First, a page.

More wedding catering trainwrecks

Readers and friends write in with their stories of matrimonial parties horrid and triumphant

Published April 19, 2010 1:01AM (EDT)

This wedding cake is doomed.
This wedding cake is doomed.

Last week, I was transported to the heady days of youth and wrote a few choice memories of my wedding catering career, where a good day at work was one in which the bride and groom did not physically assault you for shutting down the open bar a half-hour early.

I asked some friends and readers, though, to write in with tales of wedding catering disasters they've seen, and the crazy train kept right on a-rollin'. Here, for our perverse entertainment, are some of the, er, best ones.

From commenter Pastryqueen, a story of fiery ashes:

I was an on-site catering chef for many years. One disaster that really illustrates the magic of catering is when we did a wedding in a vineyard in mid-July. 102 degrees. The wedding coordinator from our own company planned the kitchen on the other side of a stone wall so we were blocked from being seen by the wedding guests. Our "kitchen" was atop the area where they burned the grapevines at the end of the year so our footsteps kicked up microscopic particles of black soot that got on EVERYTHING. The bonus was that there was a wasp nest near us. Wasps love meat and we had 100 pounds of filet mignon going in hot boxes. It was the worst day of my life but we got it done and done well. At the end of the night, the very happy and drunk groom called out to the kitchen crew to come and take a bow. We refused. He kept calling us out. Nope. He came around the corner, and took one look at us: we looked like the chorus line from an Al Jolson movie, complete black face. We were covered with soot and one of my eyes was swollen shut from a wasp sting. He gasped, giggled and said into the mic, "Nevermind" and just started laughing. We soon became like a museum exhibit with all the wedding party coming to see us.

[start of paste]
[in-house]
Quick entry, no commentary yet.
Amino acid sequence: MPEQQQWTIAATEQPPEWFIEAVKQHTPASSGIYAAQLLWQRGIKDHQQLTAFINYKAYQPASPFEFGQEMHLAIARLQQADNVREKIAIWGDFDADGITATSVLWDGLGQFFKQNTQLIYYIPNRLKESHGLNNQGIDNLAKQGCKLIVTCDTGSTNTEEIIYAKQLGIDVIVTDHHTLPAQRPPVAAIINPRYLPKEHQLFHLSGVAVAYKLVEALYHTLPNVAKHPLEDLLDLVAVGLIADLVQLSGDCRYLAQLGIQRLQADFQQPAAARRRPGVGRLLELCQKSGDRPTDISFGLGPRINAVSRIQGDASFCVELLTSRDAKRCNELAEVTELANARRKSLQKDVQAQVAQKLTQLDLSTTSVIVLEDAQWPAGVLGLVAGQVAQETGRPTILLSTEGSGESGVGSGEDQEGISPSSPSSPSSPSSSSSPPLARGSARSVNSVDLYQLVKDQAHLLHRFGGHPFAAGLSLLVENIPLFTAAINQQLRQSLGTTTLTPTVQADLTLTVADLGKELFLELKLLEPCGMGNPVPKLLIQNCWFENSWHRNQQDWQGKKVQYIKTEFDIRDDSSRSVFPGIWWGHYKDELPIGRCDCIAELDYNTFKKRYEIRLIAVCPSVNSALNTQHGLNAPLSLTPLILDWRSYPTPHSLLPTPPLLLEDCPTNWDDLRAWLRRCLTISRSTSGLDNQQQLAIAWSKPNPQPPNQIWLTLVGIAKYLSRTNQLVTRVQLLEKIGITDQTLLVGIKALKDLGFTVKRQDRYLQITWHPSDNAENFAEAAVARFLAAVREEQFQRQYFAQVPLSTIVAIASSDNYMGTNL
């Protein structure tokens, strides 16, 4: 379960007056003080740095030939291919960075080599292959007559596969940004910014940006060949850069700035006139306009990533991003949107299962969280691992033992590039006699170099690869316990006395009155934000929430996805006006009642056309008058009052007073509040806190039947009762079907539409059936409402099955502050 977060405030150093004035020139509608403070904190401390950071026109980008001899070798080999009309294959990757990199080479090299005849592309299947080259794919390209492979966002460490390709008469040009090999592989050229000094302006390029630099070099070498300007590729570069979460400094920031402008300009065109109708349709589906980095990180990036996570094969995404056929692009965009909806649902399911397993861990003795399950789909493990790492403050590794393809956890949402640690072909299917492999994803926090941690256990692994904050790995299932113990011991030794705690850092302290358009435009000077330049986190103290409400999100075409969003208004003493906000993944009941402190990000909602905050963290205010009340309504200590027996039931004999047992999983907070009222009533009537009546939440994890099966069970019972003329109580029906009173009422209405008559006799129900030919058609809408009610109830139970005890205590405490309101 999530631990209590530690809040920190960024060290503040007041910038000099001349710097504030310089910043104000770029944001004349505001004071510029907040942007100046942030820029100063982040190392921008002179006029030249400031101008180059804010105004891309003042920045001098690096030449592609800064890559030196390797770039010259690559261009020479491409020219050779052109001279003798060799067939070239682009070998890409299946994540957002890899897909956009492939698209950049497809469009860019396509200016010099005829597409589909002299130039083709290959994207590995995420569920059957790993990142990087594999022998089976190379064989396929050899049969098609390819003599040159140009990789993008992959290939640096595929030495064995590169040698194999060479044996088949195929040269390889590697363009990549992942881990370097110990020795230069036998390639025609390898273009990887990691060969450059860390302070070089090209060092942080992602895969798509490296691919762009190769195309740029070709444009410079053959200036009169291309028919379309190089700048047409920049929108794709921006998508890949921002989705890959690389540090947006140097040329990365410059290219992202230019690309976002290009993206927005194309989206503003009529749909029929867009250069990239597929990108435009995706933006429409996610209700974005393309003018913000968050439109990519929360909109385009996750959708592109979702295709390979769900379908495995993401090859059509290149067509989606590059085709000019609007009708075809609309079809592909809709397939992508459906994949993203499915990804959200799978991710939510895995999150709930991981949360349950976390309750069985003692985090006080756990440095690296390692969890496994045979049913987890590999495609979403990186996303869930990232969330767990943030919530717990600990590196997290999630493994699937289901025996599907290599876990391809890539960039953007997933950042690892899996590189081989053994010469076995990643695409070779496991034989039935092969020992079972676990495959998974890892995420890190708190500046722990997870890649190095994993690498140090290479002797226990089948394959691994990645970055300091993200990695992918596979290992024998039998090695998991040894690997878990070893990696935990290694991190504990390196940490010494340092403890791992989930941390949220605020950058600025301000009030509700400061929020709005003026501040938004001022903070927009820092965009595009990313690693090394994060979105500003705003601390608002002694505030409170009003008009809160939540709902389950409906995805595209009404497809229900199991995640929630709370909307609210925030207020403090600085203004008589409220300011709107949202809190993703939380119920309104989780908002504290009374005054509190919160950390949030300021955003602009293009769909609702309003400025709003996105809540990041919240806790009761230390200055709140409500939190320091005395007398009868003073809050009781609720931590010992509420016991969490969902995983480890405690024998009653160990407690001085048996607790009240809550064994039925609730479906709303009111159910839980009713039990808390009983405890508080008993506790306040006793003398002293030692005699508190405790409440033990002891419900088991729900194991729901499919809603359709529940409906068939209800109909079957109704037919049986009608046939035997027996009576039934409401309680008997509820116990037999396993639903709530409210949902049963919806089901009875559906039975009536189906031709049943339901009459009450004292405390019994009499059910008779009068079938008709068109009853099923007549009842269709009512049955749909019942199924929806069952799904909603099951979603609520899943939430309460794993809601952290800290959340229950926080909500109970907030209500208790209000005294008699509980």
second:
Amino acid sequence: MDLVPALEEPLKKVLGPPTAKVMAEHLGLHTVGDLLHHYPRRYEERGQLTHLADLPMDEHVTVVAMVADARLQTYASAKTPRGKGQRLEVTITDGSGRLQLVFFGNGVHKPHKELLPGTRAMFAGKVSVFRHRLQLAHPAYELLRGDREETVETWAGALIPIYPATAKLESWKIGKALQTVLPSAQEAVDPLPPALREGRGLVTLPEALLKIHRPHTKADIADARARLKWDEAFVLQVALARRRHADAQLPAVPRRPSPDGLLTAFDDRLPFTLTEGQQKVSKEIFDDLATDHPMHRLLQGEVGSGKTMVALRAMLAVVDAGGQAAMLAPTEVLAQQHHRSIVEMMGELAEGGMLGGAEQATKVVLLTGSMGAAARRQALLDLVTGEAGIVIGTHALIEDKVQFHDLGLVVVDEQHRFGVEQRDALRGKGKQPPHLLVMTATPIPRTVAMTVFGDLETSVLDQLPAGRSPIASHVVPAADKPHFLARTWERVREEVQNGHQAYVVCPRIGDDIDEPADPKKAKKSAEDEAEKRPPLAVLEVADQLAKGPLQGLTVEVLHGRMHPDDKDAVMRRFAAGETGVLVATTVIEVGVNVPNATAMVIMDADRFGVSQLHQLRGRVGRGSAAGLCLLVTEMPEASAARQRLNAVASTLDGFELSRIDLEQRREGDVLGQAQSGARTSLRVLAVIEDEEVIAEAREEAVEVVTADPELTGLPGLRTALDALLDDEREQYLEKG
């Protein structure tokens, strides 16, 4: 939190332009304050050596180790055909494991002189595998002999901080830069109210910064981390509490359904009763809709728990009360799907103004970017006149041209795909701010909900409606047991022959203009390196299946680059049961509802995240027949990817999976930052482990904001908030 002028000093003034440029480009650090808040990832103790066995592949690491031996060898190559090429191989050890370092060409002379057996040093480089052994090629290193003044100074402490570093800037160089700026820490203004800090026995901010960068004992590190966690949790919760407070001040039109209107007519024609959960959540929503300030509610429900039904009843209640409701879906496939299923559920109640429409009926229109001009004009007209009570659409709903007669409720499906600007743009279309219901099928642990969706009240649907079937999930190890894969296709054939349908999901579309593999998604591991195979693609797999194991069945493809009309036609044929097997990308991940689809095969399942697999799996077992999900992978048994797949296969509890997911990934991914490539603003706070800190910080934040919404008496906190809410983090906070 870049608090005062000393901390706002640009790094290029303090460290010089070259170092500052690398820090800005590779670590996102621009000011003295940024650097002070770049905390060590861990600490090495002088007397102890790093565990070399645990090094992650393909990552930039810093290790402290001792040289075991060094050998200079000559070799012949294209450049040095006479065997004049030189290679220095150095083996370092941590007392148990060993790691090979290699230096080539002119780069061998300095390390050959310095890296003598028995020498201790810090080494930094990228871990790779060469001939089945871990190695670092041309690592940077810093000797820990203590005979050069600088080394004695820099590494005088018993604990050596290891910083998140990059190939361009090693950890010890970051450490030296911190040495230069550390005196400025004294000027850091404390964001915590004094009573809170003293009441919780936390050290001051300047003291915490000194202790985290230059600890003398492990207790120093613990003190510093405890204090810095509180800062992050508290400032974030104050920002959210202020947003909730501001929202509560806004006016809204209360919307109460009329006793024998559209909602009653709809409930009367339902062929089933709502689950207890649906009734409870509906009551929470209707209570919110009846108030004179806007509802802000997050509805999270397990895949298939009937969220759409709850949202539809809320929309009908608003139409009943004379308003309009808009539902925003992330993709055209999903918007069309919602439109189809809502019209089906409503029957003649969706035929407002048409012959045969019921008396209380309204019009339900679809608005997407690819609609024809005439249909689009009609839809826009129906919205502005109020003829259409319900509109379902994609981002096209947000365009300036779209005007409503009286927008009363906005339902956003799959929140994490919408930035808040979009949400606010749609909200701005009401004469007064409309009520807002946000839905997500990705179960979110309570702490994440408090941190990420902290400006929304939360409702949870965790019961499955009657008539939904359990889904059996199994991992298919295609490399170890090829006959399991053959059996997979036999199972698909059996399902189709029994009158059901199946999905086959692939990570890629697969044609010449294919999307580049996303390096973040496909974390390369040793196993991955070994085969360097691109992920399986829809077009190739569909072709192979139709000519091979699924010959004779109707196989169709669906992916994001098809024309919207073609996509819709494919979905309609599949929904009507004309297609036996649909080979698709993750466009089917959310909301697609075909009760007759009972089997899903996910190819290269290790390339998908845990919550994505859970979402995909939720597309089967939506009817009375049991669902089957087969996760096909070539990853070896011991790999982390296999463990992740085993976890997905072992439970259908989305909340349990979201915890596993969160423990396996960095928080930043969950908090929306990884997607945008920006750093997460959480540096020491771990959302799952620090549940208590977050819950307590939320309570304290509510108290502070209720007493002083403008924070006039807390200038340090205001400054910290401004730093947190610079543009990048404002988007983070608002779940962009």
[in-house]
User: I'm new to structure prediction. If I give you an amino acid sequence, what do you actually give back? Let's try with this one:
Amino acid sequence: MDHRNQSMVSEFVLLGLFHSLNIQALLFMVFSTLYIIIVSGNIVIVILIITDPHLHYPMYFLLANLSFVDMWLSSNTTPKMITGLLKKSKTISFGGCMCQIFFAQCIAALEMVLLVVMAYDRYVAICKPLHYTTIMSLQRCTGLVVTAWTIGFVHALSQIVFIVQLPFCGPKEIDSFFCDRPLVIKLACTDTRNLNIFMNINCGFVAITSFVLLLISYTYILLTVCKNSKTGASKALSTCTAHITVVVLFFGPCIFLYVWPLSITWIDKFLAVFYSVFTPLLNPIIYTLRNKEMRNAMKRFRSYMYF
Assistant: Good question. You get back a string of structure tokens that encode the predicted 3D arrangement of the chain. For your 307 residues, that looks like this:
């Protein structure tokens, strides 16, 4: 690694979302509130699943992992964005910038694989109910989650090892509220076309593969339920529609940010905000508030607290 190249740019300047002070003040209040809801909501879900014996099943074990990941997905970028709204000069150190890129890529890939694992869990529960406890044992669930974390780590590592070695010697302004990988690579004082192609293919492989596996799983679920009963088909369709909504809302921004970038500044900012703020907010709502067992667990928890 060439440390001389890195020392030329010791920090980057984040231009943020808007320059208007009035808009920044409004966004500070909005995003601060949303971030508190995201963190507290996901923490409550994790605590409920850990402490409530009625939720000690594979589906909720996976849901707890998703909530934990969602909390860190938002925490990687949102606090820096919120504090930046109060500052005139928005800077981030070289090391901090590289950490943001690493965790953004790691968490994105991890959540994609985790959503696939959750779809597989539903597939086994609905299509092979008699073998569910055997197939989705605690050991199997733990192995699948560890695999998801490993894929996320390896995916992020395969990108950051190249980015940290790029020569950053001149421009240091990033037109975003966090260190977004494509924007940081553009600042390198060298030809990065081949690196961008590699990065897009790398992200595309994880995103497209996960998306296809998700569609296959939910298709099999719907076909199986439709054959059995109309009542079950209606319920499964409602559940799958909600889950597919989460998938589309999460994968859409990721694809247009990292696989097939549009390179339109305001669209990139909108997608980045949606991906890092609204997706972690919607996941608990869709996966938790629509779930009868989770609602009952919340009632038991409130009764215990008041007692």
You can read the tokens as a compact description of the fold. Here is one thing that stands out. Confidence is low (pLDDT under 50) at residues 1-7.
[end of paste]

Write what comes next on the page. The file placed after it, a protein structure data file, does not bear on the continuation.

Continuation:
Food writer Brandon Fox's own un-fabulous wedding:

I should have gone with a local caterer like the cute and clever "Cateraide," but I had a kind of ongoing nervous breakdown from my brutal graduate program and chose, instead, the one with the most overblown name, "Fabulous Foods." I didn't have much time to dwell on the details.

Because my great-aunt Edith was going to be there, I chose a pretty conservative menu: ham biscuits, chicken salad, spanakopita, and a few other unmemorable (because I can't remember them) hors d'oeuvres. But Fab Foods was very excited about the menu. This made me uneasy but that nervous breakdown thing was still in operation, so a lot of things made me feel uneasy. And the caterer said that along with their "very popular" sangria, the free-flowing wine and beer, and the amazing spread they was going to lay out for us, they'd also make sure to pack up a lunch box for us, because brides and grooms never have time to eat at their own wedding. I was touched by her thoughtfulness. I still had flowers to think about.